One of Luke's major concerns is to show that the work, passion, crucifixion, and resurrection of Jesus are the fulfillment of the Jewish scriptures (i.e., Moses, the prophets, and the Psalms). This is Luke's main way of coming to terms with the fact that Jesus—the Messiah, for crying out loud—gets crucified. God's will has been accomplished precisely through and in spite of all of those acts of opposition, betrayal, and rejection.
It's a pretty hefty concept of divine fate, necessity, determination, or even destiny. And the pesky conundrum arises: are the people who betrayed, rejected, and condemned Jesus responsible for their actions? One thing's certain. Within Luke's text they are held responsible and their punishment is expected (Judas is a case in point; see 22:22). But it's a tough line. Work through the texts for yourself and see if you can toe it.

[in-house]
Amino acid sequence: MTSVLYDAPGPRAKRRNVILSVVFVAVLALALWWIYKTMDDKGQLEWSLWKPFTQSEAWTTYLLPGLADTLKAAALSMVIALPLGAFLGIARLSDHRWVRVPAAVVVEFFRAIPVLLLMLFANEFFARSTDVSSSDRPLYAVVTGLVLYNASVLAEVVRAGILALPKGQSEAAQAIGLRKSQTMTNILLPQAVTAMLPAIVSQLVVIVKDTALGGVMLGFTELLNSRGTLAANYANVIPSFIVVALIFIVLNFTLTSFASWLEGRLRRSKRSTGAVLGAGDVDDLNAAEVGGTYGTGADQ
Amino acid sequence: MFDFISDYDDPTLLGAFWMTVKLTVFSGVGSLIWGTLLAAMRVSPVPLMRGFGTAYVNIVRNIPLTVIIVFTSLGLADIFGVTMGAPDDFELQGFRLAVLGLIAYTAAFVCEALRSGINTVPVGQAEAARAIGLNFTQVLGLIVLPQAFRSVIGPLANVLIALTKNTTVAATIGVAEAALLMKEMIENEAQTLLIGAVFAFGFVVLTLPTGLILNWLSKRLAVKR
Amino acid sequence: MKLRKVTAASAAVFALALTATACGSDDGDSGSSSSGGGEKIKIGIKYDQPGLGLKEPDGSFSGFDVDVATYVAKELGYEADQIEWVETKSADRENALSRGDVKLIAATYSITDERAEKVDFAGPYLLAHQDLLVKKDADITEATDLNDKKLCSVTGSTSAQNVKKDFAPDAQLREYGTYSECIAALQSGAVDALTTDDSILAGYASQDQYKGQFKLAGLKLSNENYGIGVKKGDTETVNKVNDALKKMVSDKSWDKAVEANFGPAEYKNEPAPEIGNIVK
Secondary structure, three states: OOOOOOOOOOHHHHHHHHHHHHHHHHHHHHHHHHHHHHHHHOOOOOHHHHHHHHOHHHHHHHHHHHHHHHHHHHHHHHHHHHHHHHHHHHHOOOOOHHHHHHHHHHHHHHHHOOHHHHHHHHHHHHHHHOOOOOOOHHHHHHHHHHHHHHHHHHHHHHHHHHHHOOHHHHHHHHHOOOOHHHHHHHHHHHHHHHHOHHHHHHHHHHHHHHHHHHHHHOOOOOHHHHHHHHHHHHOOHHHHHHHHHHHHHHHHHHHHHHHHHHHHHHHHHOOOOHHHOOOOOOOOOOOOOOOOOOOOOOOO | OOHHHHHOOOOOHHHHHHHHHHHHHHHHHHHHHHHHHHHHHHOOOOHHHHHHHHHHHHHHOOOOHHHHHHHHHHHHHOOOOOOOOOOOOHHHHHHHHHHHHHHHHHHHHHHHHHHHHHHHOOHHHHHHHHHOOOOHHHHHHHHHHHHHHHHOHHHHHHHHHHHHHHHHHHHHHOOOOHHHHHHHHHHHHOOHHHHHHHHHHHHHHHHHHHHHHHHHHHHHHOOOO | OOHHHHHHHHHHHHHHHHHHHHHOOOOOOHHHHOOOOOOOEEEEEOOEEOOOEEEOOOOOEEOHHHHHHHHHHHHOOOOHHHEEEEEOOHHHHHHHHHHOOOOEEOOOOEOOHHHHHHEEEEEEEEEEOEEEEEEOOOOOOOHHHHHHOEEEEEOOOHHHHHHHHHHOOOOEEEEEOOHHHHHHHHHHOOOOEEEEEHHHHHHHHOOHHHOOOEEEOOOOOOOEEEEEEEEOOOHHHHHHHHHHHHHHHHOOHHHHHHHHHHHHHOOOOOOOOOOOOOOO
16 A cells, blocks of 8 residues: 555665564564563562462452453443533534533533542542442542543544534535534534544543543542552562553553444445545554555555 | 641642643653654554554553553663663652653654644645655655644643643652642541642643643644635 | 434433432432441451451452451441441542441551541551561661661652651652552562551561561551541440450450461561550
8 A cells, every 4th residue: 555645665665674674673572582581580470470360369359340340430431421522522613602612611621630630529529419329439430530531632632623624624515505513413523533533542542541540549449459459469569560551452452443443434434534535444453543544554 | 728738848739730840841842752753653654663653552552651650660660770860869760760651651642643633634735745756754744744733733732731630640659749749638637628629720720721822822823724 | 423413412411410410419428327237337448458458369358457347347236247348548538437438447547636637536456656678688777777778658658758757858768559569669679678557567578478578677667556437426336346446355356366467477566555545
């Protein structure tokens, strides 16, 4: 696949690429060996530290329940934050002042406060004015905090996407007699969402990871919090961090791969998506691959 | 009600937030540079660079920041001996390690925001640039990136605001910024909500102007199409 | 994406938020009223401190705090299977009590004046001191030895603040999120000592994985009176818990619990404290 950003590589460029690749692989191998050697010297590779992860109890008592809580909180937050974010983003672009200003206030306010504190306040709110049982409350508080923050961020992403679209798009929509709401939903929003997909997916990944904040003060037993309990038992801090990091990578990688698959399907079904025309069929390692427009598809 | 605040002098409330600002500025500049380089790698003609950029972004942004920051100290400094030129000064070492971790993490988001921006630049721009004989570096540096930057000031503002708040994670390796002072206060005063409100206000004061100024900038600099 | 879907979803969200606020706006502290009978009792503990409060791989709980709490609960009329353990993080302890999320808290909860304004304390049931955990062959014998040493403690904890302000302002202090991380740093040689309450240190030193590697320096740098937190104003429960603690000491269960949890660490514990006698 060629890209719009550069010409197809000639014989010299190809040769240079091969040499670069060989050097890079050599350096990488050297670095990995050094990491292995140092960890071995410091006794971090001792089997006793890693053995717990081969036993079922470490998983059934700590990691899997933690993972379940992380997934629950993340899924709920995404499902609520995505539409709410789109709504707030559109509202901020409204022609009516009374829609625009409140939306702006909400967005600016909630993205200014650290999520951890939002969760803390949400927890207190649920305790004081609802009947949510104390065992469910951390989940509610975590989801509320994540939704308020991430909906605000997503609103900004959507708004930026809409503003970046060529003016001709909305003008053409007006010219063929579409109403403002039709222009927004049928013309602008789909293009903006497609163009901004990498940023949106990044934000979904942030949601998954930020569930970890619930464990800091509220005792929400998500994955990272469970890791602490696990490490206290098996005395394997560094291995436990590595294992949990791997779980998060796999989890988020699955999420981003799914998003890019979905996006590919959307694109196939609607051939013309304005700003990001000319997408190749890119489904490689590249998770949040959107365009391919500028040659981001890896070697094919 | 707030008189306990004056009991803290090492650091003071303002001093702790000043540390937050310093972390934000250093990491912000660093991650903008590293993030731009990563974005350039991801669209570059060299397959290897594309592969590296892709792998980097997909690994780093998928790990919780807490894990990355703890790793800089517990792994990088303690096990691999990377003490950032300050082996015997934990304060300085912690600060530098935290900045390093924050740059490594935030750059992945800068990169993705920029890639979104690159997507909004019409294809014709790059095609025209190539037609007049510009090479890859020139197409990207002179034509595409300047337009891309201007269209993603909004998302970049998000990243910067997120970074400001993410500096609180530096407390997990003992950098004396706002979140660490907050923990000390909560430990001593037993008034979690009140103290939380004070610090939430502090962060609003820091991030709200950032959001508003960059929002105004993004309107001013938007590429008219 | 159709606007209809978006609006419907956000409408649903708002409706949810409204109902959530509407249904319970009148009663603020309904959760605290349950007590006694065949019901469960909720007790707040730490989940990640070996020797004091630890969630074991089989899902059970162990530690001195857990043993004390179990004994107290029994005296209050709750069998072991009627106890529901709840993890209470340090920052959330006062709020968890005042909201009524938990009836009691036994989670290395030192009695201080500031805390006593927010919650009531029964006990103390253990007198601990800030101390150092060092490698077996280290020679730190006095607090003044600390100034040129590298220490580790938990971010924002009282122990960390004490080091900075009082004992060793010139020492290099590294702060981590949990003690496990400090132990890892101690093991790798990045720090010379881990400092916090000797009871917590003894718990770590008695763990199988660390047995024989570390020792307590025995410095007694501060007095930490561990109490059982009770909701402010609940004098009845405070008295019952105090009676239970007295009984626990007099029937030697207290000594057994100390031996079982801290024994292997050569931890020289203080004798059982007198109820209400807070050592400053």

Questions About Fate and Free Will
Which of the Jewish scriptures in particular are the sources for knowledge about fate?
At what point in the story do the disciples finally understand that God has predetermined certain events and that the authors of the Jewish scriptures have written of them beforehand?
How much scope is given to free will in Luke? And what can it possibly mean for humans to be free in light of such a hefty concept of divine necessity? It's a toughie, we know.